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World Hits
Putumayo Presents
World Hits
Genres: World Music, Jazz, New Age, Pop, Latin Music
  •  Track Listings (11) - Disc #1

Though most world music exists largely under the radar, every once in a while a song comes along that achieves international success. World Hits brings together chart toppers from around the globe. Santana's 1969 version o...  more »


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CD Details

All Artists: Putumayo Presents
Title: World Hits
Members Wishing: 0
Total Copies: 0
Label: Putumayo World Music
Original Release Date: 1/1/2007
Re-Release Date: 8/28/2007
Genres: World Music, Jazz, New Age, Pop, Latin Music
Styles: Africa, Latin Music, Flamenco, Reggae, Jazz Fusion, Latin Jazz, Latin Pop
Number of Discs: 1
SwapaCD Credits: 1
UPC: 790248026725

Though most world music exists largely under the radar, every once in a while a song comes along that achieves international success. World Hits brings together chart toppers from around the globe. Santana's 1969 version of Tito Puente's "Oye Como Va" turned the rock world upside down, as their version soared up the charts. Cuban musician Mongo Santamaria big crossover hit came in 1963, with his version of the Herbie Hancock composition "Watermelon Man." Another crossover hit comes from the French group Gipsy Kings, whose "Bamboleo" connected the dots between salsa, flamenco and pop. "Lambada" swept first across Europe and then throughout the rest of the world. The hit version of the "forbidden dance" was performed by the French group Kaoma. Manu Dibango's funky "Soul Makossa" became a surprise Top 40 hit in 1973. World music superstar Youssou N'Dour and soul singer Neneh Cherry provide the instantly-recognizable "7 Seconds," while Johnny Clegg and Savuka contributes "Scatterlings of Africa". Miriam Makeba delivers the classic "Pata Pata", an international hit in 1967 that became the first African song to reach the Top 20 on the Billboard pop charts. Rolling Stones' front man Mick Jagger met the enigmatic Peter Tosh in Kingston, Jamaica in 1978. Jagger joins Tosh on a cover of the Temptations hit "(You Gotta Walk) Don't Look Back." The movie The Harder They Come and it's title song became a cult classic in 1975 and made Jimmy Cliff a household name. A portion of Putumayo's proceeds from the sale of this album will be donated to World Learning in support of their efforts to foster global citizenship through international experiential education and community-driven development programs. More from Putumayo
Putumayo Presents: Latin Jazz
Putumayo Presents: Women of the World
Putumayo Presents: Turkish Groove

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CD Reviews

Putumayo dances down memory lane
Amaranth | Northern California | 09/10/2007
(5 out of 5 stars)

"Putumayo's "World Hits" is a fun,nostalgic exploration of world music artists who've had crossover appeal in popular music,long before the Colombian Shakira and the Portuguese Nelly Furtado. It's a perfect party album,and the high number of African and reggae-flavored songs keep it moving. It is surprisingly good,when it could've been campy with the Macarena and Lou Bega's "A little bit of Monica."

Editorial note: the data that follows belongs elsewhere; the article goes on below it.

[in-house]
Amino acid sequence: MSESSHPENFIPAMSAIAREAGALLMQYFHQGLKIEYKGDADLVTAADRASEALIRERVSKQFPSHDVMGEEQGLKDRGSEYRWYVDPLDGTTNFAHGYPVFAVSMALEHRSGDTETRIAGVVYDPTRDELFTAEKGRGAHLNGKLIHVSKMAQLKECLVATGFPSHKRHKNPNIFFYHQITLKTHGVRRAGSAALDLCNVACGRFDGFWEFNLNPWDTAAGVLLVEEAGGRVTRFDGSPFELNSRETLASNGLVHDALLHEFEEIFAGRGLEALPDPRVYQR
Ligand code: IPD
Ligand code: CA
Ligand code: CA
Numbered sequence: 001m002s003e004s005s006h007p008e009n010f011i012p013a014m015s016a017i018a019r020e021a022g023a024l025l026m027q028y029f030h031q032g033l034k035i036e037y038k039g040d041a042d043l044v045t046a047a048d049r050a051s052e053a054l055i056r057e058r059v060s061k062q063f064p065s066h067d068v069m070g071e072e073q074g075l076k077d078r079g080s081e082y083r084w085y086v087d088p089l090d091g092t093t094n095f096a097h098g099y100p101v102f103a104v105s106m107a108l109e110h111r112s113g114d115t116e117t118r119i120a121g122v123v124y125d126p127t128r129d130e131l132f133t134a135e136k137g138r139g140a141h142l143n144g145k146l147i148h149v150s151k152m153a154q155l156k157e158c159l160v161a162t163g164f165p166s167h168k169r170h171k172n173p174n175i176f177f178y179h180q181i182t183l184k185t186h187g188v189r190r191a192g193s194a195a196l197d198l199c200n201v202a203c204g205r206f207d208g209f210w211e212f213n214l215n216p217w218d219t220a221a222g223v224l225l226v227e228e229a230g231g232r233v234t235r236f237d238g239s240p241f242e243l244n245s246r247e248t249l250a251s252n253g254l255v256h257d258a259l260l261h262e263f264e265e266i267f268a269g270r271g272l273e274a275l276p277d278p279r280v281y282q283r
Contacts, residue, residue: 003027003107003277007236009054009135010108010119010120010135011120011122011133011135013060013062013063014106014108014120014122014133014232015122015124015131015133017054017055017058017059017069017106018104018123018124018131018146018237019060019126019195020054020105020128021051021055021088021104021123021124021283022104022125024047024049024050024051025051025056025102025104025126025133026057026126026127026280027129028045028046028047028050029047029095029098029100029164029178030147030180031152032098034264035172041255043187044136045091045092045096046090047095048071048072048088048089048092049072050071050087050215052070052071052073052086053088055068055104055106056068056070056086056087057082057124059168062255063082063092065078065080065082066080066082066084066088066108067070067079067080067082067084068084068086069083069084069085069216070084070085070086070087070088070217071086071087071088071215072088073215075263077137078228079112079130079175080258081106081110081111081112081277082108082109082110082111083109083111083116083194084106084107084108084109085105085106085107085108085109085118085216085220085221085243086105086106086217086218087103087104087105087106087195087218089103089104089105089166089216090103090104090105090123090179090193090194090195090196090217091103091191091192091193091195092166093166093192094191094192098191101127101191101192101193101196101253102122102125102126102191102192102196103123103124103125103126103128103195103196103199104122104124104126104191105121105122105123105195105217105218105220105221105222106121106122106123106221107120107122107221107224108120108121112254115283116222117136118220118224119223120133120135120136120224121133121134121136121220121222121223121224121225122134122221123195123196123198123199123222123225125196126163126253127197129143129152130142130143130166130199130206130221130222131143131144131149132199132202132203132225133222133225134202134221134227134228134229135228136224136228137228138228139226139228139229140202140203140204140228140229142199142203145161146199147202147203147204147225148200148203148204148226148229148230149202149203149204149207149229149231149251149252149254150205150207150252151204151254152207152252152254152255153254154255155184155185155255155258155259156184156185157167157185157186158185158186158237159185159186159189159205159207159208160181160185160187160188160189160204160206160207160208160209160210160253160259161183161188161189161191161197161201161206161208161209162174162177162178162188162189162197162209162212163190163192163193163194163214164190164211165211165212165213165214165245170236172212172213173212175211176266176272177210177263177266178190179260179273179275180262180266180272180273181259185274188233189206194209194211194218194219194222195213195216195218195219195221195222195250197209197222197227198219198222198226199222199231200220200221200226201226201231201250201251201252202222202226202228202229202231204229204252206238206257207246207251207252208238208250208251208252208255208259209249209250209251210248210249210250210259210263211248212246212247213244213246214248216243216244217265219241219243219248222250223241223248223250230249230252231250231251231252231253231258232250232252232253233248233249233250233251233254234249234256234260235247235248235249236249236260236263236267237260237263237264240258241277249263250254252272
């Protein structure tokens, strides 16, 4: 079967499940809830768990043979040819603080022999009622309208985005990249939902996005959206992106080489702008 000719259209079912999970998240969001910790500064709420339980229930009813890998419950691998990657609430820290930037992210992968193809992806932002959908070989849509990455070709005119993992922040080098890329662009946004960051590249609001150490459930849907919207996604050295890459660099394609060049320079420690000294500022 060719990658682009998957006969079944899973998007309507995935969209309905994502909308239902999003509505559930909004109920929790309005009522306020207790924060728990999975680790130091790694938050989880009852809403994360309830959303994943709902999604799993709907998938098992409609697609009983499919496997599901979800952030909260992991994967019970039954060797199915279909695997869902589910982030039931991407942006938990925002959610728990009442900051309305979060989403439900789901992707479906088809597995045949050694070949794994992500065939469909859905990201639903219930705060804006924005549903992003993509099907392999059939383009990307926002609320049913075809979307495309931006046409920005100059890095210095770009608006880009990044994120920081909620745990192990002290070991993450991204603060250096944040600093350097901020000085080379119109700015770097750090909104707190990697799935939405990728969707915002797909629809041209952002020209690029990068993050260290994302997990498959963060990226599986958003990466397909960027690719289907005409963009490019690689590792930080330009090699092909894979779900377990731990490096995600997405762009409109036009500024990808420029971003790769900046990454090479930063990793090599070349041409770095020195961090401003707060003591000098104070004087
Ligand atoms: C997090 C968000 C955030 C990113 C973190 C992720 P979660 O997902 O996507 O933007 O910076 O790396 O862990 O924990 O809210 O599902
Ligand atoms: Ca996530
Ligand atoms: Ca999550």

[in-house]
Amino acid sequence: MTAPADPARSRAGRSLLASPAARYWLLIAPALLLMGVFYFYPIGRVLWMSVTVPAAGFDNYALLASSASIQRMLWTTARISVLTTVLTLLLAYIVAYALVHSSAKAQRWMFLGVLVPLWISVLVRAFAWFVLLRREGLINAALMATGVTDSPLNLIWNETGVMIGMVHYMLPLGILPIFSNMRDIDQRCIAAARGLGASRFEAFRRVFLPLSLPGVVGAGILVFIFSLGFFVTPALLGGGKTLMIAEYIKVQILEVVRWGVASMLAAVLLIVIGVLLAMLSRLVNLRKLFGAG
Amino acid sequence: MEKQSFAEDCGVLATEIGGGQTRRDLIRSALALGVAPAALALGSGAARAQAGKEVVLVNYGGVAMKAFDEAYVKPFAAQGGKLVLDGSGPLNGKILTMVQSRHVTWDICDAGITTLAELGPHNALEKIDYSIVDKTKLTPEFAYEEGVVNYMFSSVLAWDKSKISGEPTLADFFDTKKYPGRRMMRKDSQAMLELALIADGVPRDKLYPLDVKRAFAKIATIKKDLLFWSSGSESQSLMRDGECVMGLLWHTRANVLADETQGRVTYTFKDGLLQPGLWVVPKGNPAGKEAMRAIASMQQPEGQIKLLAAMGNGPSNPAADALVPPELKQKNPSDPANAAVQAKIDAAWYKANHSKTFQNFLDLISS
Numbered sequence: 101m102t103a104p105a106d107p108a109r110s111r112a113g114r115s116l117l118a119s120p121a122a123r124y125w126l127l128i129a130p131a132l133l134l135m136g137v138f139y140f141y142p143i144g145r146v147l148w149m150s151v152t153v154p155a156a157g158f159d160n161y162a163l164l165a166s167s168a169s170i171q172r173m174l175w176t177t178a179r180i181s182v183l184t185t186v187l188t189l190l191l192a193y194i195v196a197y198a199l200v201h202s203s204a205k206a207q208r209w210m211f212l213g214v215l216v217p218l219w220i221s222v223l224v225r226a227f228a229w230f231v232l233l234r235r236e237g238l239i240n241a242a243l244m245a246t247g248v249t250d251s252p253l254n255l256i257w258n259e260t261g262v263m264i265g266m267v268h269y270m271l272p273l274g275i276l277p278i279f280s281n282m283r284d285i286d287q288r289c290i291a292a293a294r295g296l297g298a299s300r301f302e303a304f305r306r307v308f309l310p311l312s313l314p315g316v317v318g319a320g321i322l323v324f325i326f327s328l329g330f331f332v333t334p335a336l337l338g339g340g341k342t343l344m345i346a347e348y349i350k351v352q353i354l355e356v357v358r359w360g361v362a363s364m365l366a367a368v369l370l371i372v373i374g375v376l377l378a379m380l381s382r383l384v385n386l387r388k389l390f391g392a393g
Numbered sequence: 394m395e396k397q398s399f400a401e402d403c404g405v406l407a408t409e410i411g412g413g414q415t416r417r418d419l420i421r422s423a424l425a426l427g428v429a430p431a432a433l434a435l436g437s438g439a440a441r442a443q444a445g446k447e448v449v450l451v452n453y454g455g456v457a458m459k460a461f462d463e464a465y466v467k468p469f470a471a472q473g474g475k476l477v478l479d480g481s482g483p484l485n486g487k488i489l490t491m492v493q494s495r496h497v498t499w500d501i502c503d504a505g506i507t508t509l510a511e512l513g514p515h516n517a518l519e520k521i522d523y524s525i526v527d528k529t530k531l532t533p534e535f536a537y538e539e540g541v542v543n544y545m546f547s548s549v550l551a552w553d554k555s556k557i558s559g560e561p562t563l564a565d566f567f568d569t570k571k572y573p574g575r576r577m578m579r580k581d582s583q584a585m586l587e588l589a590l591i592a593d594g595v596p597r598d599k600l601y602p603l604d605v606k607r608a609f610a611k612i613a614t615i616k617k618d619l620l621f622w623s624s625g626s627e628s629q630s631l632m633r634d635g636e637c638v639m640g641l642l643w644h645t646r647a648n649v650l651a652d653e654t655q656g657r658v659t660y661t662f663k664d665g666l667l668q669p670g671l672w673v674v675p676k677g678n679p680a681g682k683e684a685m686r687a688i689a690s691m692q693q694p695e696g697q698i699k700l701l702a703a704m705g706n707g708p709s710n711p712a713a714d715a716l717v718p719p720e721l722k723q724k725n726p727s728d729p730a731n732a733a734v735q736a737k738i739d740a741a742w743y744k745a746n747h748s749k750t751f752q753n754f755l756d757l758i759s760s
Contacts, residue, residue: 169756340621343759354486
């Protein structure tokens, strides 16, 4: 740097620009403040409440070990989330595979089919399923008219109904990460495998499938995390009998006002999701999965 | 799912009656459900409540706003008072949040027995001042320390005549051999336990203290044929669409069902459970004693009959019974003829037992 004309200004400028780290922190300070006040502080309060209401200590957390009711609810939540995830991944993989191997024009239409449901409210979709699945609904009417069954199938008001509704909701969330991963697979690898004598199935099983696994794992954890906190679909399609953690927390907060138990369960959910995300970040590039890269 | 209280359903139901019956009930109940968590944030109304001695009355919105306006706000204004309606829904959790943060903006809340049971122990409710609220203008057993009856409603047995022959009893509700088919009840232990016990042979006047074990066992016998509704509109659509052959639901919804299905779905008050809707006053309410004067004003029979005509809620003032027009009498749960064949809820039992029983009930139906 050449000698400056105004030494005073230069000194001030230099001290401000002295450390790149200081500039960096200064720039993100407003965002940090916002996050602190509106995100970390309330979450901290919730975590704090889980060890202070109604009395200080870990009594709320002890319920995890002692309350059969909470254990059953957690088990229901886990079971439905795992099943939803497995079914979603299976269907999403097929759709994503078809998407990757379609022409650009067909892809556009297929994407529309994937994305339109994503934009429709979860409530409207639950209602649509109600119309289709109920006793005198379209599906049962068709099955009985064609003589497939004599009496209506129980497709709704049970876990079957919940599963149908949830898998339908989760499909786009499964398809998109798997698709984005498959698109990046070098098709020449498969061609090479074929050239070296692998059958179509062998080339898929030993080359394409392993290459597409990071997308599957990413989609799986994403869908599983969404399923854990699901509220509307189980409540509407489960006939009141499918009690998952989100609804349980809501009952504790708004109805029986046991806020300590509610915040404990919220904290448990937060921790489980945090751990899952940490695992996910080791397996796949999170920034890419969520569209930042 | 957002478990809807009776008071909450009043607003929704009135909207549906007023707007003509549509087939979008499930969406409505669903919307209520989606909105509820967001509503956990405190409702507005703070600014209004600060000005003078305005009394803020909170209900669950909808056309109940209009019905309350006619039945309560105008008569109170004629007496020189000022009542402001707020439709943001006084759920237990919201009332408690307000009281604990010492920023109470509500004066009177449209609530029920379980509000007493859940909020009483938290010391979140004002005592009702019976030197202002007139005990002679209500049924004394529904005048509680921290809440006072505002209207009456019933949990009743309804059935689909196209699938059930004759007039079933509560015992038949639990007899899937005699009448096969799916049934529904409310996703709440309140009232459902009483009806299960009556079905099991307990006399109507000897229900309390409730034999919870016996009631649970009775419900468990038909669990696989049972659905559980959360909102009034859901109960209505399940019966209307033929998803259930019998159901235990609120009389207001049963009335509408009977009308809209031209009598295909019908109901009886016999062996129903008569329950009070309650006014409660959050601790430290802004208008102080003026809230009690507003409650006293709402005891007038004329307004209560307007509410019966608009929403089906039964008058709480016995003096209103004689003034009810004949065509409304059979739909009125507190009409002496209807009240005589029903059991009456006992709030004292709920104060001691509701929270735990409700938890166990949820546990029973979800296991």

The opening Peter Tosh/Mick Jagger duet shows that even a Rolling Stone can sing reggae. Toure Kunda's "E'mma" is an African/reggae song that invites further exploration into the now out-of-print "Toure Kunda Collection." It's as if Bob Marley stopped by in Senegal. Youssou N'Dour&Neneh Cherry's "7 Seconds" is trance-y adult contemporary. (The Peter Gabriel/Youssou N'Dour duet "In your eyes" is a surprising omission) Kaoma's joyous "Lambada" makes the cheesy "Lambada" and "Forbidden Dance" movies both forgiven&forgotten. It's what happens when bad movies happen to a good song. Manu Dibango's "Soul Makossa" dates back to the '70s,yet it sounds like a rap song that would be charting today with T.Pain&Lil' Mama. Santana's "Oye como va" is from the Latin rocker's glory days,before he got into tepid duet albums thanks to Clive Davis. Both "Oye como va" and the Gipsy Kings' "Bamboleo" were played A LOT at parties when I went to college,so these songs have sentimental value. Johnny Clegg&Savuka's "Scatterlings of Africa" is fun South African township music-it invites exploration of Putumayo's now out-of-print "Johnny Clegg and Juluka Collection" (Clegg led Juluka before he started the more pop-ified Savuka)

There are some interesting omissions, considering they get radioplay. Peter Gabriel&Youssou N'Dour's "In your eyes" is absent,as is Sting&Cheb Mami's "Desert Rose." There isn't any reggae by Bob Marley&UB40 (whose "Red Red Wine" and "Fools Rush In" get overplayed) There aren't the late Israeli diva Ofra Haza's songs from the "Prince of Egypt" and "Colors" soundtracks (her "Im Nin Alu" was sampled in the rap song "Paid in full") However,the compilation does quite well without these...after all,UB40 is watered-down reggae&"In your eyes" is the only Peter Gabriel song that gets radioplay.

"World Hits" is a fun compilation,perfect for parties. Not only is it fun,but part of the proceeds goes to a worthy cause-World Learning,a charity that has promoted global citizenship for the past 75 years. The music is great,and its cause is great as well!"
Really Fun Album
Lynn Ellingwood | Webster, NY United States | 10/25/2007
(5 out of 5 stars)

"I loved 7 Seconds and the song sung by Mick Jagger and Peter Tosh. I just opened last night and am pretty intruiged by it. This CD is great to listen to in the car."
The Old Dutchman | Severna Park, MD United States | 12/16/2008
(2 out of 5 stars)

"I suppose this CD is good for someone new to Putumayo, but I must have misread the specs, because I thought the tunes were newly collected from popular worldwide music. The songs are all old classics and so disappointed me. I wanted to hear something new."